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How to block out distractions and do your best work

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23 March 2018

Colony guest Matt Sandrini explains how to be more effective when everything seems too urgent to be able to focus on your business.

We live in the world of constant communication about work, which makes it nearly impossible to actually do the work.

Slack, notifications, emails…we are constantly bombarded by information, requests, and updates. Whenever we get a break, we actually look for trouble and go on Facebook, scroll through Instagram, or go on LinkedIn and look for more ways to interrupt our flows and get more information.

This means that we're constantly interrupted throughout our day.

It's like a 24 hour meeting without an agenda.

We live in the world of constant communication, where everything is important and urgent, and so nothing is neither important nor urgent.

See, urgency and importance are only relevant to what you choose to leave behind. With constant interruptions throughout the day, it's easy to get lost in an infinite list of unimportant tasks.


The cost of constant interruptions


What is the real cost of constant interruptions?

Firstly, a constant state of urgent firefighting. If you're working only based on someone else's requests, whether from clients, coworkers, or anyone else, you're always reacting and can never actually be proactive and lead your company, your team, and your client towards a successful outcome. You're always waiting to get feedback first and then react on it, rather than taking the lead and then using actual feedback to tweak and adjust.

Reactive mode means always working on the urgent rather than what's really important. Always working on the immediate, rather than what will make a difference a month from now, or a year from now.

Meaningful work becomes impossible. You can never get lost in a flow state where you effortlessly leverage your strengths, as you can rarely find enough time to go beneath the surface. It becomes impossible to do your best work, because there's always someone or something pulling you back to the surface of a menial task, instead of letting you dive deep into your creation. Especially if you're a creative or a maker, this is a big problem: you end up managing your client or your team all the time, rather than serving them with your best work.

Interruptions create a self-fulfilling negative cycle: because you're constantly catching up, you can never do great work, and therefore you're always catching up.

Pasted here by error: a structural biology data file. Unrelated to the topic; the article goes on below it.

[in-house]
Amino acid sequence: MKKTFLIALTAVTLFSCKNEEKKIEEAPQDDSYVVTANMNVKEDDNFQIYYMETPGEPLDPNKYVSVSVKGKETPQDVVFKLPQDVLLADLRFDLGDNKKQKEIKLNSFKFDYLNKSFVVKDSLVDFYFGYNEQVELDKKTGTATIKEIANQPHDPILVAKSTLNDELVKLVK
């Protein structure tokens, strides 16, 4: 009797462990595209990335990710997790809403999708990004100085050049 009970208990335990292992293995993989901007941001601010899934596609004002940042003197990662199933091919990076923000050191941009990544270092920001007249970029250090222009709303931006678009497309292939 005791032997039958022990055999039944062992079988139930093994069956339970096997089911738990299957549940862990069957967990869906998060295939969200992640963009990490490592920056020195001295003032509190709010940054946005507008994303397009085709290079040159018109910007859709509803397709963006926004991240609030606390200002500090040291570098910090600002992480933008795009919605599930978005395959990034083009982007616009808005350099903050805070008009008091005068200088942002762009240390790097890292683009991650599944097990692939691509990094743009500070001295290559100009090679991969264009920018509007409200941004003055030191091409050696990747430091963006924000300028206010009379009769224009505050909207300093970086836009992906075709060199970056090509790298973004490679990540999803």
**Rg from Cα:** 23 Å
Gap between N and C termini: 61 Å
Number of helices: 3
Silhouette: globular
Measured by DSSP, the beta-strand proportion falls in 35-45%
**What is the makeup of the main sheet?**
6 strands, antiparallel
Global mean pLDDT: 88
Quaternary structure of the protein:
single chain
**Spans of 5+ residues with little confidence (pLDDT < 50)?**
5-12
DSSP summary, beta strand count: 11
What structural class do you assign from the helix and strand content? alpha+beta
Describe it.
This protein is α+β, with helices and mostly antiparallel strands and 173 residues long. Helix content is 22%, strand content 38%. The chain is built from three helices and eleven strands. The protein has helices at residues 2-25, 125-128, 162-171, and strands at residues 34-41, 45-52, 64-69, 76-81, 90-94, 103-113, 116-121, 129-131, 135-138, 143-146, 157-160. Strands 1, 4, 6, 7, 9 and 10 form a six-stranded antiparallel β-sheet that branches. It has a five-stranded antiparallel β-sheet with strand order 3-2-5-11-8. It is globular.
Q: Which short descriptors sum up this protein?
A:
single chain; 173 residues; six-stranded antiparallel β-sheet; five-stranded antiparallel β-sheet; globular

Can you balance great work and communication at the same time?


How to protect your best work


To be able to carve out time to do your best work and interrupt interruptions: this can be the difference between remaining passionate about your business and work and looking for a side project (with no time for it). It's also the difference between remarkable and mediocre results: anyone can reply to a Slack notification, but not many can create a great user-centred wireframe for an app that delights users. Yet, we often let communication take over our superhuman skills.

If you're reluctant to turning notifications off and setting some "strictly no meetings" time, you probably feel that other people depend on you and will have to wait for you to do their work. Your absence will become the bottleneck in the team or in the project. Or what if a client gets offended because…they expect you to reply right away?

Before you jump right into "hermit mode", it's important to follow these three steps:



Step one: communicate and educate

The first step to guilt-free work is to educate your team and clients about why this is important to them. Instead of just disappearing from their radar, let them know that you need some uninterrupted time to create your best work, so you can better serve them as a team (or as a client). Then let them know when they can interrupt you or expect an update from you by setting expectations.


Step two: set expectations

The second step to create your own time is to set expectations. When can your team talk to you? When can your client expect an update? When can they set a meeting? We usually let expectations set themselves, and get used to them. A client gets used to getting an email at 1 pm every day. Or a team member gets used to walking up to your desk at any time to ask for answers. If you don't set clear expectations, you'll feel like you're breaking these unwritten rules. When you let others know when you're unavailable, they are empowered to do their own work, and they can plan their work based on everyone else's availability too.


Step three: use time blocks

The third step is to finally use time blocks.

Time blocks are kind of like a meeting with yourself, but for recurrent commitments. Put an actual event in your calendar, and make sure you specify a place too: now you know that nothing else can happen at that time. If you're a freelancer, you could use a time block on every Tuesday morning to look for new leads.

Or maybe you will be working from the kitchen area on the blog post of the week, or setting the monthly direction for the business.

Use time blocks throughout your week to get what's really important done. No cheating: if you set so many that you have to make exceptions, then it won't work.

To balance communication and great work, make sure you create moments in your day where you won't be interrupted and distracted by the seemingly 'urgent'. If you communicate with your team and clients, everyone will benefit from your newfound ability to make real progress on your best work.

– Matt


Get Matt’s weekly tips on timezillionaire.com

You might also be interested in: Smartphone addiction:how to reduce distractions and master your phone

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